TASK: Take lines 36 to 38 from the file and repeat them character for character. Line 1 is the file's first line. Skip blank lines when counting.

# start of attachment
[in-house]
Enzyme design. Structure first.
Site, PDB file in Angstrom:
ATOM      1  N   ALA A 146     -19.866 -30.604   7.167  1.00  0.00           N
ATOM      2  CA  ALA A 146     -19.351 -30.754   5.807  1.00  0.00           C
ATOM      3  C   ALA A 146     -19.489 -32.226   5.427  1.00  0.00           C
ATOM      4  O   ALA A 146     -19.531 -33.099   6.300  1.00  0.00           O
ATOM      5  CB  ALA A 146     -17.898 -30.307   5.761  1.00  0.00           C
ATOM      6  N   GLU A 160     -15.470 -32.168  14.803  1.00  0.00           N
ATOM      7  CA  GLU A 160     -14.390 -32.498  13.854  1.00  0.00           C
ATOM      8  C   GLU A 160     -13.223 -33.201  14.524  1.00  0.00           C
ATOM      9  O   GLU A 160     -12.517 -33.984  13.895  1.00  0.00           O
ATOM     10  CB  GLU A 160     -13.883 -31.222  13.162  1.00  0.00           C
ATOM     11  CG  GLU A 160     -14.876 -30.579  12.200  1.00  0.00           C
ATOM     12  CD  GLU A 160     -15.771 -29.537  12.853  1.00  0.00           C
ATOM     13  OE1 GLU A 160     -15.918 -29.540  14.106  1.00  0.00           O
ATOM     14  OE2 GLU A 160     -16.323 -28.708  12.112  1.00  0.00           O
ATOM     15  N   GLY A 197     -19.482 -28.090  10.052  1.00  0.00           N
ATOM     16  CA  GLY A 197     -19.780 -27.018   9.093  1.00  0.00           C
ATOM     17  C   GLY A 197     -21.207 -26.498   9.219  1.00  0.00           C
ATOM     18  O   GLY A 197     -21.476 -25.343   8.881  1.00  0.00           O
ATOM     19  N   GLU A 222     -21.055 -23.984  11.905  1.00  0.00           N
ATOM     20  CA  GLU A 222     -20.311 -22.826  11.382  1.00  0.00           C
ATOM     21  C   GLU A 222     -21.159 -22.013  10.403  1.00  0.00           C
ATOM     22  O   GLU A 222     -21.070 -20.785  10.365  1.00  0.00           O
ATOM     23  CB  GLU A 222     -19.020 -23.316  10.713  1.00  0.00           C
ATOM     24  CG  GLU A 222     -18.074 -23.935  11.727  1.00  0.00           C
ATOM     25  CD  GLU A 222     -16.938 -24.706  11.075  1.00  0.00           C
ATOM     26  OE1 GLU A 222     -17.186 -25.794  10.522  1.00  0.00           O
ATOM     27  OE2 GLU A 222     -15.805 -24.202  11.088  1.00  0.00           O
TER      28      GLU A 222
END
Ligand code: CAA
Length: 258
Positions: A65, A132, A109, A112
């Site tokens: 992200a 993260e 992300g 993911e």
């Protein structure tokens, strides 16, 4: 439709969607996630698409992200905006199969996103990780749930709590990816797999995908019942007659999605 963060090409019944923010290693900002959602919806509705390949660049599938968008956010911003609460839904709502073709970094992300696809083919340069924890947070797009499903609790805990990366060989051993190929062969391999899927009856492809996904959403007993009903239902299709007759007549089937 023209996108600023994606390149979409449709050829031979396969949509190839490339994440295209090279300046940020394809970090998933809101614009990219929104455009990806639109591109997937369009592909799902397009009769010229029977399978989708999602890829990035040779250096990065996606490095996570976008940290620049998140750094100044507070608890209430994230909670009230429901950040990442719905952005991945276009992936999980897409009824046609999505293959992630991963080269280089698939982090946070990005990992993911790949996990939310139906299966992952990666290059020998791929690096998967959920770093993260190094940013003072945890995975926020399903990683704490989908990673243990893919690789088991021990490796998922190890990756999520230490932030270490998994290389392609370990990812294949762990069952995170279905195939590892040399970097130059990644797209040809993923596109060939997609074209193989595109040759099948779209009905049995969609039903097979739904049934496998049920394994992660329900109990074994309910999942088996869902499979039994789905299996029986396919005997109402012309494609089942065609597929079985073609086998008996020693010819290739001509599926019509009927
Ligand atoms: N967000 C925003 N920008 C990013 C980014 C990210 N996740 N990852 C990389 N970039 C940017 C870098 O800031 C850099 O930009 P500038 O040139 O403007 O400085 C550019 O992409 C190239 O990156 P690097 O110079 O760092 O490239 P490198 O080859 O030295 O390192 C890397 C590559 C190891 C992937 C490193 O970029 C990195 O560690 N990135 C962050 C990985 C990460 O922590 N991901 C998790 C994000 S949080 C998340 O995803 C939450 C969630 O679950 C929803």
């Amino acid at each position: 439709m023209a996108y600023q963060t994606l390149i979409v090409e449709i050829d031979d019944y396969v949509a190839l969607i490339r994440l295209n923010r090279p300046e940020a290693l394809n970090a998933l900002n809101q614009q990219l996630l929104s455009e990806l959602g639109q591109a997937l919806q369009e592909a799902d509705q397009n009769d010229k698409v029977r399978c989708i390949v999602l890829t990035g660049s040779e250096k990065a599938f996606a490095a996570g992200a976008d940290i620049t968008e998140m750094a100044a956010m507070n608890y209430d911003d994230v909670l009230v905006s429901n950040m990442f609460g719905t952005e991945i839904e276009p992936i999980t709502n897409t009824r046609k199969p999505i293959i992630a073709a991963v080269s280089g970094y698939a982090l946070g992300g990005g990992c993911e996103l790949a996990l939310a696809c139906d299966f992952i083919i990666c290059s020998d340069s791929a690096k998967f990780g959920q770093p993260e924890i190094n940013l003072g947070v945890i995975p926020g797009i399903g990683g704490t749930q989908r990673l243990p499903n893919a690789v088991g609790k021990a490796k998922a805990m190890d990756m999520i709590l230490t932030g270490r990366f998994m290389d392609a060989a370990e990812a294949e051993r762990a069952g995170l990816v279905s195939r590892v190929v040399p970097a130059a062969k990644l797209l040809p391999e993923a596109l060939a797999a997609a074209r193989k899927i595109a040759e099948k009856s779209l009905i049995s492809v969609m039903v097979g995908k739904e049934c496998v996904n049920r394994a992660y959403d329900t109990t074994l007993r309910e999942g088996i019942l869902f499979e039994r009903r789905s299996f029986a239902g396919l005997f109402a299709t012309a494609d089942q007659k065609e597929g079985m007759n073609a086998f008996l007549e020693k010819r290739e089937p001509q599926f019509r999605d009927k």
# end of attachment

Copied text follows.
């Site tokens: 992200a 993260e 992300g 993911e």
């Protein structure tokens, strides 16, 4: 439709969607996630698409992200905006199969996103990780749930709590990816797999995908019942007659999605 963060090409019944923010290693900002959602919806509705390949660049599938968008956010911003609460839904709502073709970094992300696809083919340069924890947070797009499903609790805990990366060989051993190929062969391999899927009856492809996904959403007993009903239902299709007759007549089937 023209996108600023994606390149979409449709050829031979396969949509190839490339994440295209090279300046940020394809970090998933809101614009990219929104455009990806639109591109997937369009592909799902397009009769010229029977399978989708999602890829990035040779250096990065996606490095996570976008940290620049998140750094100044507070608890209430994230909670009230429901950040990442719905952005991945276009992936999980897409009824046609999505293959992630991963080269280089698939982090946070990005990992993911790949996990939310139906299966992952990666290059020998791929690096998967959920770093993260190094940013003072945890995975926020399903990683704490989908990673243990893919690789088991021990490796998922190890990756999520230490932030270490998994290389392609370990990812294949762990069952995170279905195939590892040399970097130059990644797209040809993923596109060939997609074209193989595109040759099948779209009905049995969609039903097979739904049934496998049920394994992660329900109990074994309910999942088996869902499979039994789905299996029986396919005997109402012309494609089942065609597929079985073609086998008996020693010819290739001509599926019509009927
Ligand atoms: N967000 C925003 N920008 C990013 C980014 C990210 N996740 N990852 C990389 N970039 C940017 C870098 O800031 C850099 O930009 P500038 O040139 O403007 O400085 C550019 O992409 C190239 O990156 P690097 O110079 O760092 O490239 P490198 O080859 O030295 O390192 C890397 C590559 C190891 C992937 C490193 O970029 C990195 O560690 N990135 C962050 C990985 C990460 O922590 N991901 C998790 C994000 S949080 C998340 O995803 C939450 C969630 O679950 C929803």